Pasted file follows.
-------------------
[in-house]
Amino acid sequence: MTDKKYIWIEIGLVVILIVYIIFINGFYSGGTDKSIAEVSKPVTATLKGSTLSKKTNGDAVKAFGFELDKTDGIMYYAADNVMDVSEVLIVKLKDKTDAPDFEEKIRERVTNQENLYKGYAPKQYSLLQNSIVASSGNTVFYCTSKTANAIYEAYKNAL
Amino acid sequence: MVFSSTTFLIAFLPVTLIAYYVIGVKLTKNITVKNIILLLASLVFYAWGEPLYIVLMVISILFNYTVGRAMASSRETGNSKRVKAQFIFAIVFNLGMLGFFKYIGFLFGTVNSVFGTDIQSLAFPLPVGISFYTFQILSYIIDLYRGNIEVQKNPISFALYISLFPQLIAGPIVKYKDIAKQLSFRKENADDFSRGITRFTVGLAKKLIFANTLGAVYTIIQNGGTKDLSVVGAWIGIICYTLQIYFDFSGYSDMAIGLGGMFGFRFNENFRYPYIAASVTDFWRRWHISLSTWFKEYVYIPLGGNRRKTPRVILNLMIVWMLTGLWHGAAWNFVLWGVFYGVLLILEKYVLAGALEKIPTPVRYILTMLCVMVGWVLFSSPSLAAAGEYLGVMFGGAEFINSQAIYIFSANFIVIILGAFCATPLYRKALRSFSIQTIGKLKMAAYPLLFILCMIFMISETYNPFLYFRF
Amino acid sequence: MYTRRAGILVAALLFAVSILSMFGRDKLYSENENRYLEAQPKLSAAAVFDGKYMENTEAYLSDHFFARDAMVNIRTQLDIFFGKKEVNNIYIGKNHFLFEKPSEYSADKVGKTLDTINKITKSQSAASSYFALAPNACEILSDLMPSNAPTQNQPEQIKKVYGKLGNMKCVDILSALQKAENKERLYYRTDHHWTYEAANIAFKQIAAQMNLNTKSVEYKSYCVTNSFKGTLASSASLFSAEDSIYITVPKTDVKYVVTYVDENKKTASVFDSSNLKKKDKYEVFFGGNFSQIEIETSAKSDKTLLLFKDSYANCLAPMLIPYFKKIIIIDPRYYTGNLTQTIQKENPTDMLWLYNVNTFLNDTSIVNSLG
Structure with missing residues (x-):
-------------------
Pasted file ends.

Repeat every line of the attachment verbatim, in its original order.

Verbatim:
[in-house]
Amino acid sequence: MTDKKYIWIEIGLVVILIVYIIFINGFYSGGTDKSIAEVSKPVTATLKGSTLSKKTNGDAVKAFGFELDKTDGIMYYAADNVMDVSEVLIVKLKDKTDAPDFEEKIRERVTNQENLYKGYAPKQYSLLQNSIVASSGNTVFYCTSKTANAIYEAYKNAL
Amino acid sequence: MVFSSTTFLIAFLPVTLIAYYVIGVKLTKNITVKNIILLLASLVFYAWGEPLYIVLMVISILFNYTVGRAMASSRETGNSKRVKAQFIFAIVFNLGMLGFFKYIGFLFGTVNSVFGTDIQSLAFPLPVGISFYTFQILSYIIDLYRGNIEVQKNPISFALYISLFPQLIAGPIVKYKDIAKQLSFRKENADDFSRGITRFTVGLAKKLIFANTLGAVYTIIQNGGTKDLSVVGAWIGIICYTLQIYFDFSGYSDMAIGLGGMFGFRFNENFRYPYIAASVTDFWRRWHISLSTWFKEYVYIPLGGNRRKTPRVILNLMIVWMLTGLWHGAAWNFVLWGVFYGVLLILEKYVLAGALEKIPTPVRYILTMLCVMVGWVLFSSPSLAAAGEYLGVMFGGAEFINSQAIYIFSANFIVIILGAFCATPLYRKALRSFSIQTIGKLKMAAYPLLFILCMIFMISETYNPFLYFRF
Amino acid sequence: MYTRRAGILVAALLFAVSILSMFGRDKLYSENENRYLEAQPKLSAAAVFDGKYMENTEAYLSDHFFARDAMVNIRTQLDIFFGKKEVNNIYIGKNHFLFEKPSEYSADKVGKTLDTINKITKSQSAASSYFALAPNACEILSDLMPSNAPTQNQPEQIKKVYGKLGNMKCVDILSALQKAENKERLYYRTDHHWTYEAANIAFKQIAAQMNLNTKSVEYKSYCVTNSFKGTLASSASLFSAEDSIYITVPKTDVKYVVTYVDENKKTASVFDSSNLKKKDKYEVFFGGNFSQIEIETSAKSDKTLLLFKDSYANCLAPMLIPYFKKIIIIDPRYYTGNLTQTIQKENPTDMLWLYNVNTFLNDTSIVNSLG
Structure with missing residues (x-):